Well, yeah, that was sort of the way I acted.
Teddy: Those nine funerals seem like they were the big first turning point for you. Is that right?
Mike: That’s right.
And people would say to me, “Oh, but if you hadn’t been doing the summer program or those other things, it would’ve been even worse.” And I had two responses to that. One is “no,” and the second response is, “even if you’re right, this isn’t good enough.” I mean, in a four block radius in a major American city to have that many young people dying, and most of them had grown up in the programming that the church ran. That was a really hard reality for me to face.
You know, you talked about this as a mindset change, and I do agree, but the other thing I want to say with that is, in recovery movements, we say that people don’t think their way into new ways of acting, but act their way into new ways of thinking.
And this is why I think practices are so important. We begin to develop practices of, instead of asking people how poor are you, tell me how rich you are, tell me how gifted you are. Tell me what the people who love you would say about you. You know, what do you do with yourself when you’re not doing something you have to do? What brings you alive? What gives you joy in your life? You know, oftentimes when we ask people, the very first thing they say is something they think you want to hear. You know, like, “I’m really good at cleaning.” But they don’t say that with joy.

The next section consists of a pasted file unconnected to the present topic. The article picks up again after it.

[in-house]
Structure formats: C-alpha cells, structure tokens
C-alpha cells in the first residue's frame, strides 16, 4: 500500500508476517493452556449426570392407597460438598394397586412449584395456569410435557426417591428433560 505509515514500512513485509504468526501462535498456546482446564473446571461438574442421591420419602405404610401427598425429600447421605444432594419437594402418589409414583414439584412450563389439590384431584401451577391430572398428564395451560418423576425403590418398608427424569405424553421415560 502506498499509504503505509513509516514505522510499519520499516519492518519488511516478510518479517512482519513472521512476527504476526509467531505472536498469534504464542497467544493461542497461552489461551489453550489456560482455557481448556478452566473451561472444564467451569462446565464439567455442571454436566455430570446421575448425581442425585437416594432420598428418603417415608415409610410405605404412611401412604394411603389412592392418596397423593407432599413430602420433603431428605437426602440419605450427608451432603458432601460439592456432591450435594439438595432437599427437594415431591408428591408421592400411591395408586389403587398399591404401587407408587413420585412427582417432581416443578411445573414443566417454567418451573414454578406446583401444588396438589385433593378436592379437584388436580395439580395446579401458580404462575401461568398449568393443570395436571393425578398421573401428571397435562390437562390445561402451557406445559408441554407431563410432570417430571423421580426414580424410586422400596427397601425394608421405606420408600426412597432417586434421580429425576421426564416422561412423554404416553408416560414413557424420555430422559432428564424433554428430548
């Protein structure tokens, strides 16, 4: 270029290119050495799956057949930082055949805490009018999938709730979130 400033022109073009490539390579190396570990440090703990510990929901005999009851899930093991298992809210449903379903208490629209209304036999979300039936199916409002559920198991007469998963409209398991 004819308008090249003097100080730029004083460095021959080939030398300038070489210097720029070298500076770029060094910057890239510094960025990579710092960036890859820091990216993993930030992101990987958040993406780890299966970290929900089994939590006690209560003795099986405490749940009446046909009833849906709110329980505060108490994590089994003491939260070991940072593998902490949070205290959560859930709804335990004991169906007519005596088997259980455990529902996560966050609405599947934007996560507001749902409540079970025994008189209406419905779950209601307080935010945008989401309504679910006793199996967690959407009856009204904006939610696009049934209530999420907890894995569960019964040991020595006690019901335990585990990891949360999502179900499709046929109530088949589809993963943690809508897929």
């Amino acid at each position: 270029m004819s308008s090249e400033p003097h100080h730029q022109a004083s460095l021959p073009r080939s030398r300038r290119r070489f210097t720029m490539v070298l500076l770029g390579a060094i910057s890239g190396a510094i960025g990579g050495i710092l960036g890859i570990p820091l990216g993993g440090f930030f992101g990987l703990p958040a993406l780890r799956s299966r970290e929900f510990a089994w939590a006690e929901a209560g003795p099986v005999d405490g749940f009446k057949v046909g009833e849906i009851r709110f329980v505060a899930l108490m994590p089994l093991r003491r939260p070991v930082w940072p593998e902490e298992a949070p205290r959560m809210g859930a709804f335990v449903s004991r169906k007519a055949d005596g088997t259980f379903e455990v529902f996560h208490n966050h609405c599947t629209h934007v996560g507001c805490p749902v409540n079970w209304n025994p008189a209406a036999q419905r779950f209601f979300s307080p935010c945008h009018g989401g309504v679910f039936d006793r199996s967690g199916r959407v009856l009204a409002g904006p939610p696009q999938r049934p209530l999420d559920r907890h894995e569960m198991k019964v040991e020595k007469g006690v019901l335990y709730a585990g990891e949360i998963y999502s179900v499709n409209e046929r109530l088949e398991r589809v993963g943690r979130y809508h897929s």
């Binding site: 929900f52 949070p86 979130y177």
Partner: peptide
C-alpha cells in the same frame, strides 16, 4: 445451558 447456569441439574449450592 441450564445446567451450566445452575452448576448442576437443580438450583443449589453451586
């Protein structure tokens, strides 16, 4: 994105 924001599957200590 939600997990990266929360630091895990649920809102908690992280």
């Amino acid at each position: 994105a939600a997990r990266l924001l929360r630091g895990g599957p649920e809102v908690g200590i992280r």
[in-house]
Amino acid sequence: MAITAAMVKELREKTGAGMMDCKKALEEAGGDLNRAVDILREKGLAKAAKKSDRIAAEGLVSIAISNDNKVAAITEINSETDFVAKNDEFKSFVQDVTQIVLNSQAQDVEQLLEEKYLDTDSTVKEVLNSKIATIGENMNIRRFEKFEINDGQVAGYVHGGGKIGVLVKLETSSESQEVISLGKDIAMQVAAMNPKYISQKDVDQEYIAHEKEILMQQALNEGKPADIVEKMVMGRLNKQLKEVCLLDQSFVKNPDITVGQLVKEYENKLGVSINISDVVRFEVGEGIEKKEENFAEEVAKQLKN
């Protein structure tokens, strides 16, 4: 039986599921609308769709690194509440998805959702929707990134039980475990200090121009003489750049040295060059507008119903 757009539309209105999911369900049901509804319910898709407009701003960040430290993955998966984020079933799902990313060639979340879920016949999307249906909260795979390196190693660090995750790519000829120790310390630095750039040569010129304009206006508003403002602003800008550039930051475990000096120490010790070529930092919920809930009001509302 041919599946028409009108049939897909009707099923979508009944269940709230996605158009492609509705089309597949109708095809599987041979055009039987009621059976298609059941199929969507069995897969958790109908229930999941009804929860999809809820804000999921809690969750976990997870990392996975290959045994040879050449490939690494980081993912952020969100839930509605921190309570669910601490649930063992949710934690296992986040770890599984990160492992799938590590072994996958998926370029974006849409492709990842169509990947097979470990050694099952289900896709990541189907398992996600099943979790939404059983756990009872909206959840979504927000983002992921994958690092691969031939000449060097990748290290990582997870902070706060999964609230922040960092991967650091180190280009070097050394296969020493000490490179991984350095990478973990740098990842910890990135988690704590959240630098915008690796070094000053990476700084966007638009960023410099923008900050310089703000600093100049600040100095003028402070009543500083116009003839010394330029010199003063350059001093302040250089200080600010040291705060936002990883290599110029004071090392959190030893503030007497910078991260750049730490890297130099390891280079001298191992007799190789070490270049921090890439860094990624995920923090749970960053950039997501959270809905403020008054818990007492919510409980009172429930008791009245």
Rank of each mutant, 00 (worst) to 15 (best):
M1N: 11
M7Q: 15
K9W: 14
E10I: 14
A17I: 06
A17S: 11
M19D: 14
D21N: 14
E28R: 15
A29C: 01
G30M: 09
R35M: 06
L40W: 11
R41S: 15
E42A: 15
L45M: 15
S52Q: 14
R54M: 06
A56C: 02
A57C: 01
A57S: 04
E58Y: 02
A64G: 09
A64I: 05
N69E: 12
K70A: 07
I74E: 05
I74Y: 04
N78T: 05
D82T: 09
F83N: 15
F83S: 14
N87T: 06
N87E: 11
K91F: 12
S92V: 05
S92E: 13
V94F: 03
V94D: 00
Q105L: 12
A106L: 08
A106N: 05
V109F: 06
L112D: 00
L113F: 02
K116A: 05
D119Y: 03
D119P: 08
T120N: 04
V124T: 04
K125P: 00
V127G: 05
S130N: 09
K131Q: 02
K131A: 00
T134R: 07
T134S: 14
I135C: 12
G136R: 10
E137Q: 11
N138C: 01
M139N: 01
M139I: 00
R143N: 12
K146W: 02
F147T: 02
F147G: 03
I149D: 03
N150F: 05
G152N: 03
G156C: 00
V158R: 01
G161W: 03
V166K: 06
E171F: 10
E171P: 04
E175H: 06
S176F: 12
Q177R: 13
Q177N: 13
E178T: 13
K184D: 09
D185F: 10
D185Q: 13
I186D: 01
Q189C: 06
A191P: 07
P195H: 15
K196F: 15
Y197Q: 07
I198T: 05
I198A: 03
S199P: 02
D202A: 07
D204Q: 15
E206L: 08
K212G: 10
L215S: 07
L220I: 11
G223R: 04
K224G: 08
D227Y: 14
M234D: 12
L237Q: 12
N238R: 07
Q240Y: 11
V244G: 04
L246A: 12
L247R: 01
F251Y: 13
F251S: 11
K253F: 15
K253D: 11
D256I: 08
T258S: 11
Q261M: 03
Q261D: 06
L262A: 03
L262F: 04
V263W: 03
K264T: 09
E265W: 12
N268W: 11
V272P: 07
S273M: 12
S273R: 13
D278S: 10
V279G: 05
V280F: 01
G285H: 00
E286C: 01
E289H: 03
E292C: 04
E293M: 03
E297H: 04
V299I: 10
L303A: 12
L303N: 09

Teddy: And so how do you get to that next level? You shared some of this in the book, and I thought it was pretty interesting.
Mike: Well, you ask questions about the other people in their lives or, particularly if they’re with somebody else when they come to see you, you say to that person, “So tell me about your mom. Tell me about your son here. Tell me about …” whoever it is they’re with. “What would you tell me about this person?”
I remember one woman came to me one time and she was there for some food and we were talking about what she was good at. And she said, “Well, I’m a really good friend.”